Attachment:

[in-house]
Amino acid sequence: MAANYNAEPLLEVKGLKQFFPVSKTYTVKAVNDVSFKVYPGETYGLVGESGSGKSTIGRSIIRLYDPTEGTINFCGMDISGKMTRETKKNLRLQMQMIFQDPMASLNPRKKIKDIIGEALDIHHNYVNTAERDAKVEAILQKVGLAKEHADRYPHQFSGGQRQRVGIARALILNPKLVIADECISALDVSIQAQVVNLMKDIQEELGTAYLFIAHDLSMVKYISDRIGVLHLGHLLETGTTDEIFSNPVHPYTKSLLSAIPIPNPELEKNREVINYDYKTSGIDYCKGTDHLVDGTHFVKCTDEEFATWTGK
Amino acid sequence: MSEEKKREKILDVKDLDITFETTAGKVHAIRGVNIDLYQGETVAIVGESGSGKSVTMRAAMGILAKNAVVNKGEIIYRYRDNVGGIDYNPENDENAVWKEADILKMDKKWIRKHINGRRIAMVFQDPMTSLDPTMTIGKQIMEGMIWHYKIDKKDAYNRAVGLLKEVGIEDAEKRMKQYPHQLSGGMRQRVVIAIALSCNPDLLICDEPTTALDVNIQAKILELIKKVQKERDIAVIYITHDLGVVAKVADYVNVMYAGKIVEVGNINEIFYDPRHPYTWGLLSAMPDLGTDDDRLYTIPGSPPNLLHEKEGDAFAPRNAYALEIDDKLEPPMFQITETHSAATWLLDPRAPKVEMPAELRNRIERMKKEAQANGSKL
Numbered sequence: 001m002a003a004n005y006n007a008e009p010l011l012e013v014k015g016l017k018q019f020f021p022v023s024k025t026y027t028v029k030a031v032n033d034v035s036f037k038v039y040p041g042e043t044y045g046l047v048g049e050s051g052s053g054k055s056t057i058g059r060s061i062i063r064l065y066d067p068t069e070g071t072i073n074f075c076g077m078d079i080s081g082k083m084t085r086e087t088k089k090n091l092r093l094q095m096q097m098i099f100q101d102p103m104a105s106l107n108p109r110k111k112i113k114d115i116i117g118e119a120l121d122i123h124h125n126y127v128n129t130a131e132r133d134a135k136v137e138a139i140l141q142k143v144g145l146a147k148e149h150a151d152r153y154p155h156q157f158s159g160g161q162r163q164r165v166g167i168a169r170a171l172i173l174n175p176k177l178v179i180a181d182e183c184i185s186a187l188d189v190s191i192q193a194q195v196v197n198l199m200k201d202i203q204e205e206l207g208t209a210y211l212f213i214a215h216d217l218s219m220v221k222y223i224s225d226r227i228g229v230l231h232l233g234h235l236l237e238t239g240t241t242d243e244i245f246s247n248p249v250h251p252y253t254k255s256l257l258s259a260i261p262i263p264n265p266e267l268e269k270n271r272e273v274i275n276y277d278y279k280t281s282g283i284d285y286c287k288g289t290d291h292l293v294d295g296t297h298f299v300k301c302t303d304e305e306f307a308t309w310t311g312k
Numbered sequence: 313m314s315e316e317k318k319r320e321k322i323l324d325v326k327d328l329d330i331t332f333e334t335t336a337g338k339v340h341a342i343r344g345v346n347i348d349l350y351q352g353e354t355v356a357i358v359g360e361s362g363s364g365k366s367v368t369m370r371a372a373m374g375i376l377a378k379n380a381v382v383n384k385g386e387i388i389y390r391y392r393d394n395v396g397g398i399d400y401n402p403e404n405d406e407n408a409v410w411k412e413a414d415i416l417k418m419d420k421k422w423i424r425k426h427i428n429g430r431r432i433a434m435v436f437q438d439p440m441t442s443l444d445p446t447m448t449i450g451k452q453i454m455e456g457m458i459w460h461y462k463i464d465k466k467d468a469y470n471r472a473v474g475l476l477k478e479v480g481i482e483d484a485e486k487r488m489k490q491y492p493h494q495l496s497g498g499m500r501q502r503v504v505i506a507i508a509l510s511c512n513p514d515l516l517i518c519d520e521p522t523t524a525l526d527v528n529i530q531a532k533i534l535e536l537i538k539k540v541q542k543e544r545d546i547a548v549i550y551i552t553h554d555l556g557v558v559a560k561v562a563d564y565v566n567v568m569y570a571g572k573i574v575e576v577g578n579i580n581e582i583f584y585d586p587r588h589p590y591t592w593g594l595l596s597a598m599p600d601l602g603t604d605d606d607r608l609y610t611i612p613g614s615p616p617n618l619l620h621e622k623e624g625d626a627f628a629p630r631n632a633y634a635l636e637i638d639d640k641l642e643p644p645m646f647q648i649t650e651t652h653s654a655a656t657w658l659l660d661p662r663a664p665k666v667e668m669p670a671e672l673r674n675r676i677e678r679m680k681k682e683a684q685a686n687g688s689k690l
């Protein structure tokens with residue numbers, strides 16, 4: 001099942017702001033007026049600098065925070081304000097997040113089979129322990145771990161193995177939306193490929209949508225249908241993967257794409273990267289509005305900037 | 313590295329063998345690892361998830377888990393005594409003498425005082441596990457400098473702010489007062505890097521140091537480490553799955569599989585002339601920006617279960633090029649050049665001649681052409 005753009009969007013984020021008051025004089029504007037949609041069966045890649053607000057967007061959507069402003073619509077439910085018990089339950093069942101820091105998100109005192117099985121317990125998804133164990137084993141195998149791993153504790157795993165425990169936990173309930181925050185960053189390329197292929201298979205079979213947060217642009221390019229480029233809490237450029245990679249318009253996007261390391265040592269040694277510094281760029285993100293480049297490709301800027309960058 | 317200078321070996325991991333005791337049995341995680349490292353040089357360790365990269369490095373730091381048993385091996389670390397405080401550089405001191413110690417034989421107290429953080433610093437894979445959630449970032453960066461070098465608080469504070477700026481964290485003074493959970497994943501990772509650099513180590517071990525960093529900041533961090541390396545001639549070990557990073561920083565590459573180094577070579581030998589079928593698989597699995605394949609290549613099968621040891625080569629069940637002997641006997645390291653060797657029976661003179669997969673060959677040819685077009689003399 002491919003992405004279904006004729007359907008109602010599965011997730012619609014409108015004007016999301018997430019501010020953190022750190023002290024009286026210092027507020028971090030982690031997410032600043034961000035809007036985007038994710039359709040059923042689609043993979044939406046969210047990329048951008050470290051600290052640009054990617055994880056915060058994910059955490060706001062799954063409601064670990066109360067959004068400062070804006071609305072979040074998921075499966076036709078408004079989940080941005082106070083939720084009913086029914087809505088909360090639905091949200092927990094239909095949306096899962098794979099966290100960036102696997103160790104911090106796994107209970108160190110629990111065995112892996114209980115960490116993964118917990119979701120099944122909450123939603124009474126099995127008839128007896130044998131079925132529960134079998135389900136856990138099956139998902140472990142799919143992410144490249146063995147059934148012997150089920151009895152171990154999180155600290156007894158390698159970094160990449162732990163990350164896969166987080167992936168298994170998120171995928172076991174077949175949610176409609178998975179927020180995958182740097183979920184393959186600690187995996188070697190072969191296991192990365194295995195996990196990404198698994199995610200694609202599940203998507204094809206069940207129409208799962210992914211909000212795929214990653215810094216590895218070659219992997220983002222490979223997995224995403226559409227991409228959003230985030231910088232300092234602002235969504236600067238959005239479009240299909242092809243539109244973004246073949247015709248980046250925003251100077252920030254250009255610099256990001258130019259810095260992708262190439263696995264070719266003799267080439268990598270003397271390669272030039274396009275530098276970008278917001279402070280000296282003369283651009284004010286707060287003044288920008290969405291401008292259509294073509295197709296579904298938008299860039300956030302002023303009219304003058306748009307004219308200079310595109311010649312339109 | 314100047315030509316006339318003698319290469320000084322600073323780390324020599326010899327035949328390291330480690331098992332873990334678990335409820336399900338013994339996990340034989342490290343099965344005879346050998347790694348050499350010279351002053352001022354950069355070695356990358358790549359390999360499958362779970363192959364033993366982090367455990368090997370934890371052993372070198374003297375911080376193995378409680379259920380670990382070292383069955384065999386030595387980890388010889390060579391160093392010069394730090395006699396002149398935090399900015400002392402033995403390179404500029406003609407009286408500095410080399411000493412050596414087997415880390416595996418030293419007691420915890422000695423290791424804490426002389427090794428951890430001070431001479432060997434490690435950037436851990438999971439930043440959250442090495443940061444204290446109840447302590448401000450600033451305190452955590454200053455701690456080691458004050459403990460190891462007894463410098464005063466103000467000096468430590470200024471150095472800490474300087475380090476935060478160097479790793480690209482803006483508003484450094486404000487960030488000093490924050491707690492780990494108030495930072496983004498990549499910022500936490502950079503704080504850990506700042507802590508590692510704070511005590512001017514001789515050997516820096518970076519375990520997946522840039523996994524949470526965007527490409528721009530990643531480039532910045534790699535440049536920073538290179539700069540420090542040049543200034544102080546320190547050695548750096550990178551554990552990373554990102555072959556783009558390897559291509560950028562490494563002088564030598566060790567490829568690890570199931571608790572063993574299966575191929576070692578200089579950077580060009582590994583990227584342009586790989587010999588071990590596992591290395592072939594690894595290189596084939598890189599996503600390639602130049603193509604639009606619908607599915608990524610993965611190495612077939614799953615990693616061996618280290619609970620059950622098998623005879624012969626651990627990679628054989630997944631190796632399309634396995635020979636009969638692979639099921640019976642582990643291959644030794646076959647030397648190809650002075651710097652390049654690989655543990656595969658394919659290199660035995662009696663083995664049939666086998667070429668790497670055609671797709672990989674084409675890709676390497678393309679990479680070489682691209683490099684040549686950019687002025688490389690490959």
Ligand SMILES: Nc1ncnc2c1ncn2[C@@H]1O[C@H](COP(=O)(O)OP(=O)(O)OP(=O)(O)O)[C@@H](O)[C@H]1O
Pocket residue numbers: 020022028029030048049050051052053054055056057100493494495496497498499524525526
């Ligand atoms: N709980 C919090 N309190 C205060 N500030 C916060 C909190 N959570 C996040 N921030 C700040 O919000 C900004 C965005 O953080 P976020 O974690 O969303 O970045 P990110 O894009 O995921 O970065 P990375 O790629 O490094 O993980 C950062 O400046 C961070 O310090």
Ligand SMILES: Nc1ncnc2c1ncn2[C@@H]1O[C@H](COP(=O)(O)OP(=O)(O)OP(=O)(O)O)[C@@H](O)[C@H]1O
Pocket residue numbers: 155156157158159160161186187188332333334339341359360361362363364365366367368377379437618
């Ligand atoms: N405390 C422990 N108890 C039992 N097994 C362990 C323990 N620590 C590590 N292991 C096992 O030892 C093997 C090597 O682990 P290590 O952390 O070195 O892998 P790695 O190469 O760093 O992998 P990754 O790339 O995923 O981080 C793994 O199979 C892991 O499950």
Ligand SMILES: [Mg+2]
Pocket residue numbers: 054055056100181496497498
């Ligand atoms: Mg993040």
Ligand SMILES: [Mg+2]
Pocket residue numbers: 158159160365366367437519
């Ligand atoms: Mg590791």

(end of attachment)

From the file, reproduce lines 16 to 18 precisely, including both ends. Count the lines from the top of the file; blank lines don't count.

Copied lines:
Ligand SMILES: [Mg+2]
Pocket residue numbers: 158159160365366367437519
């Ligand atoms: Mg590791």